Children with asthma continue to suffer significant morbidity1 despite improved treatment options and widely distributed best practice guidelines.2 The best predictor of future severe asthma exacerbations is a recent asthma exacerbation.3,4 In “Inpatient Quality Improvement Interventions for Asthma: A Meta-analysis” published this month in Pediatrics, Parikh et al5 examine the impact of quality improvement (QI) initiatives conducted during inpatient asthma hospitalization on future (postdischarge) asthma morbidity. After reviewing an array of inpatient asthma interventions, they used meta-analysis to conclude that inpatient QI efforts have limited impact on postdischarge asthma outcomes. Their findings reveal the paucity of programs directed at improving postdischarge asthma control. Importantly, they identify some positive outcomes after inpatient multimodal targeted asthma QI interventions.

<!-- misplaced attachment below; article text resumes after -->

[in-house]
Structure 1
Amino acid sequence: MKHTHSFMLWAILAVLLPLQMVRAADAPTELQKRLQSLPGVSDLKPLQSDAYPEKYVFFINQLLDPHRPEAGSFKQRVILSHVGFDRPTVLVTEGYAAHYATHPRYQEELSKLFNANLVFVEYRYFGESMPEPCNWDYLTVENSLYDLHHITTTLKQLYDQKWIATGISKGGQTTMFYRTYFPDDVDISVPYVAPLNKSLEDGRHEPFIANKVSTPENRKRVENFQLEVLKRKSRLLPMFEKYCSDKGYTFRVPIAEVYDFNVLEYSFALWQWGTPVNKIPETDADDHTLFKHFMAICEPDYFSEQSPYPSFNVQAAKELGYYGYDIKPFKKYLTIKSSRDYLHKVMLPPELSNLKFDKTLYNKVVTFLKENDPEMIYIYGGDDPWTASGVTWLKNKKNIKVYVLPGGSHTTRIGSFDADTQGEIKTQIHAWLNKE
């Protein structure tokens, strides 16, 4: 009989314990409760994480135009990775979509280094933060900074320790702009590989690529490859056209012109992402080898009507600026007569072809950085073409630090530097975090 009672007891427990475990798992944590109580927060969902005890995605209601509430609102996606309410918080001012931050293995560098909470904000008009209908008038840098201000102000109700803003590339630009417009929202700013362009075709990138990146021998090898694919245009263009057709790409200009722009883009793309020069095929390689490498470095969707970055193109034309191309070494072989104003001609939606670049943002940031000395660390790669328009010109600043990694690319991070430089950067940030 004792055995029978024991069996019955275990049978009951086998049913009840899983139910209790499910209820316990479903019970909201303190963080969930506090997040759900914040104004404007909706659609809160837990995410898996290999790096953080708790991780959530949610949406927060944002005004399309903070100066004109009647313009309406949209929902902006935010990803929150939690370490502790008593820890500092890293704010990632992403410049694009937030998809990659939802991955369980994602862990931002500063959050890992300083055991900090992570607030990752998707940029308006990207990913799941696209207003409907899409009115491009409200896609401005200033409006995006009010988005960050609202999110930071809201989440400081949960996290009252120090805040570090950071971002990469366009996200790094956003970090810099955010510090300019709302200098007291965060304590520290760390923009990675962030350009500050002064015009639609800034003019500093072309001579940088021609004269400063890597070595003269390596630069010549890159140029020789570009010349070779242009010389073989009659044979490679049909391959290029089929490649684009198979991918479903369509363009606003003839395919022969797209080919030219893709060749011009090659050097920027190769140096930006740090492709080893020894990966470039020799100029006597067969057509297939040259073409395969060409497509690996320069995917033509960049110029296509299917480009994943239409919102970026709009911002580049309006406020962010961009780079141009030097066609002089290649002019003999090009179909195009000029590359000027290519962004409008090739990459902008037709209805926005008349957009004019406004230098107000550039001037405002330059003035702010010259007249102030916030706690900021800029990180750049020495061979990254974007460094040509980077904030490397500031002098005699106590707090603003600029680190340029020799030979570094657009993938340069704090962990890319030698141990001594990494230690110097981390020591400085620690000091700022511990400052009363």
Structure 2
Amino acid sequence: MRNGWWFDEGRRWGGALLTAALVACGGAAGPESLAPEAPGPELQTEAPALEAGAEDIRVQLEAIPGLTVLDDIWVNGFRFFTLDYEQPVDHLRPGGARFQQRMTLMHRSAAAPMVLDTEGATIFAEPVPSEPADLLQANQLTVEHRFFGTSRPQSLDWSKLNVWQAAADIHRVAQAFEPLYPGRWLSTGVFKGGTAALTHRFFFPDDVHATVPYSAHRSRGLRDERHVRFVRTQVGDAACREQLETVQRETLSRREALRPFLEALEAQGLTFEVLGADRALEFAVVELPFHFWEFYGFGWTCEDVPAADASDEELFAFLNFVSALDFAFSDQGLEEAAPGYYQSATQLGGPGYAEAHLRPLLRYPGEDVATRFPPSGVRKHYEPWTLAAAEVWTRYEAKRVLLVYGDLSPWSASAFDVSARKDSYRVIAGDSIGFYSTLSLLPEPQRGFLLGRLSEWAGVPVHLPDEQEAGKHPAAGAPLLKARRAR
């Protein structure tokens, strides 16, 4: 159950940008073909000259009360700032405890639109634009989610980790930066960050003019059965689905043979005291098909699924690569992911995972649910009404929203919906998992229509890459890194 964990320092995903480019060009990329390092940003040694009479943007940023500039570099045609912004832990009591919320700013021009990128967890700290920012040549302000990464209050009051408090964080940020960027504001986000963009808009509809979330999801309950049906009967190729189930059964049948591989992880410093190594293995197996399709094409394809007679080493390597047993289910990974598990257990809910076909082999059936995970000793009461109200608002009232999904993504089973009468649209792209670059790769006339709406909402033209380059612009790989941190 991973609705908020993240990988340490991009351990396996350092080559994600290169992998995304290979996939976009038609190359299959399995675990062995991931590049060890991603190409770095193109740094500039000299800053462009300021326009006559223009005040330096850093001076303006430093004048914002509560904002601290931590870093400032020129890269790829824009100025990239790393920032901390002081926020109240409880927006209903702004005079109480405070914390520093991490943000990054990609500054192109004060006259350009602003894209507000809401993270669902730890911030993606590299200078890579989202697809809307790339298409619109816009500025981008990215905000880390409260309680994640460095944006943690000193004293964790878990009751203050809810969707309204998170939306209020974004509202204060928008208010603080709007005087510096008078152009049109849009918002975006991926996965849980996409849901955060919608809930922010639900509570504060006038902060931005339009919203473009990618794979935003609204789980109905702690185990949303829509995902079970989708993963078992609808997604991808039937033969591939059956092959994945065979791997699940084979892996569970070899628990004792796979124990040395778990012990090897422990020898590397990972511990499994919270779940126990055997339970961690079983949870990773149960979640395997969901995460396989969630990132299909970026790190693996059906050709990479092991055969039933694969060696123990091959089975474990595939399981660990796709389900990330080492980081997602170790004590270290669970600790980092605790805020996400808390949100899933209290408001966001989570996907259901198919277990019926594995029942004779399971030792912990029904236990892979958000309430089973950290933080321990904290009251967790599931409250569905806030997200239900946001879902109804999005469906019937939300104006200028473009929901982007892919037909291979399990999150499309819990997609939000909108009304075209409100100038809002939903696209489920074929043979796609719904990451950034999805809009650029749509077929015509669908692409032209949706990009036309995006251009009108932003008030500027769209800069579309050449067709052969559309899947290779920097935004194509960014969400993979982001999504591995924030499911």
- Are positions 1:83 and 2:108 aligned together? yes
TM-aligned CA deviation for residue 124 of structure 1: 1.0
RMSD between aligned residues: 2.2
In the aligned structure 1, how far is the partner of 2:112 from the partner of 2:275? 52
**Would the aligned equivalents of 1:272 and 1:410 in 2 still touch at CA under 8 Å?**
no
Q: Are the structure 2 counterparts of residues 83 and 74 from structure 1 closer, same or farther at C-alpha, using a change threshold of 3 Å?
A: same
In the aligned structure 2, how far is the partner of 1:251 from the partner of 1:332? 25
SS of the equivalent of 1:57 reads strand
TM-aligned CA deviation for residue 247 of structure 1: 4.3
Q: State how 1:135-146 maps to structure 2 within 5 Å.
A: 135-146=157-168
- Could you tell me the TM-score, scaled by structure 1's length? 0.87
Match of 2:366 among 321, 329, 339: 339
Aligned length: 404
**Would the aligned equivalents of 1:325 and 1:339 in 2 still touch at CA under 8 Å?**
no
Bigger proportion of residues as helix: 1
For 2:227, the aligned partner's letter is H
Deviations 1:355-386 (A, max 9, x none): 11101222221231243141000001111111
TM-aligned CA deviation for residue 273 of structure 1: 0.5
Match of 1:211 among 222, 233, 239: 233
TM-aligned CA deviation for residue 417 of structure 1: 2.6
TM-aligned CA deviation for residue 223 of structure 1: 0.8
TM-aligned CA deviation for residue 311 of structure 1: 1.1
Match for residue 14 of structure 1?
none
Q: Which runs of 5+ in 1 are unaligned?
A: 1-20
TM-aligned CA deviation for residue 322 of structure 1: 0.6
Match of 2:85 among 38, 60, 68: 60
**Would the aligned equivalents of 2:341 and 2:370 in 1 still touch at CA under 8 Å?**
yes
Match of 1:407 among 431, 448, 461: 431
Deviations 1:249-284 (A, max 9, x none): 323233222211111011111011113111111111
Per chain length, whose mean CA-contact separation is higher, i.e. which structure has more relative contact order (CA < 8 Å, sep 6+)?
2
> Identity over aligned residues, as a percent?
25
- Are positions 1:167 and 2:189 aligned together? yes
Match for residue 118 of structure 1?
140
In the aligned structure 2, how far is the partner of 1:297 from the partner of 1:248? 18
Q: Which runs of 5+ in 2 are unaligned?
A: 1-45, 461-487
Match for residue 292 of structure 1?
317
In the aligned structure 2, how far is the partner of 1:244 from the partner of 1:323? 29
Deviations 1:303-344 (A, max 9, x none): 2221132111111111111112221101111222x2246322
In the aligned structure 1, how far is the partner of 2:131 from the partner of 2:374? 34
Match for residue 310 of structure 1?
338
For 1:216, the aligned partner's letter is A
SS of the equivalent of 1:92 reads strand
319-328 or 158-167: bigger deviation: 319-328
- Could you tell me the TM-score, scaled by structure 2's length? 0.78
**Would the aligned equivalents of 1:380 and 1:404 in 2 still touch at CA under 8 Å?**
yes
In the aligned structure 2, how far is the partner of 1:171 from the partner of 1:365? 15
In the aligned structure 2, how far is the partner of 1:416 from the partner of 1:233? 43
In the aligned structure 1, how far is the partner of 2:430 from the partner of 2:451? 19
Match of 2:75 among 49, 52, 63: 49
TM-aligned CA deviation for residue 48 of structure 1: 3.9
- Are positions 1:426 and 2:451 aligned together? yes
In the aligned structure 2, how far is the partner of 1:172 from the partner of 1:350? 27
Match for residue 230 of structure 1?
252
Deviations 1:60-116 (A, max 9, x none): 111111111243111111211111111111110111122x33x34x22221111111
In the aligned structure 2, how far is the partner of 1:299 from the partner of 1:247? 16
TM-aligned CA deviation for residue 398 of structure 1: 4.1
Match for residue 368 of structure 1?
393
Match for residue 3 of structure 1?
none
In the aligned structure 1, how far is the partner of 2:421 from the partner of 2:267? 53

We applaud Parikh et al5 for conducting this ambitious analysis, especially given the wide range of interventions, methodologies, measured outcomes, and disparate care settings wherein asthma inpatient QI was conducted. We also congratulate them for evaluating whether inpatient QI work alone has short- or long-term effects on future asthma morbidity (ie, asthma-related emergency department [ED] revisits or readmissions). We suspect some think it naïve to believe inpatient QI work alone can impact future asthma morbidity; however, until an analysis was conducted, this could only be conjecture. The analysis by Parikh et al5 seems to codify the conclusion that inpatient QI work, as currently practiced, has limited impact on future asthma morbidity.

The authors’ methods were thorough. They focused primarily on postdischarge asthma ED revisits and hospital readmissions as outcomes common to the majority of articles reviewed. They eliminated 18 articles from study because prevention of revisits and/or readmissions was not an intervention goal. Among the eliminated articles, revisits and/or readmissions were frequently balancing measures used to monitor whether hospital length of stay or cost reductions increased postdischarge morbidity.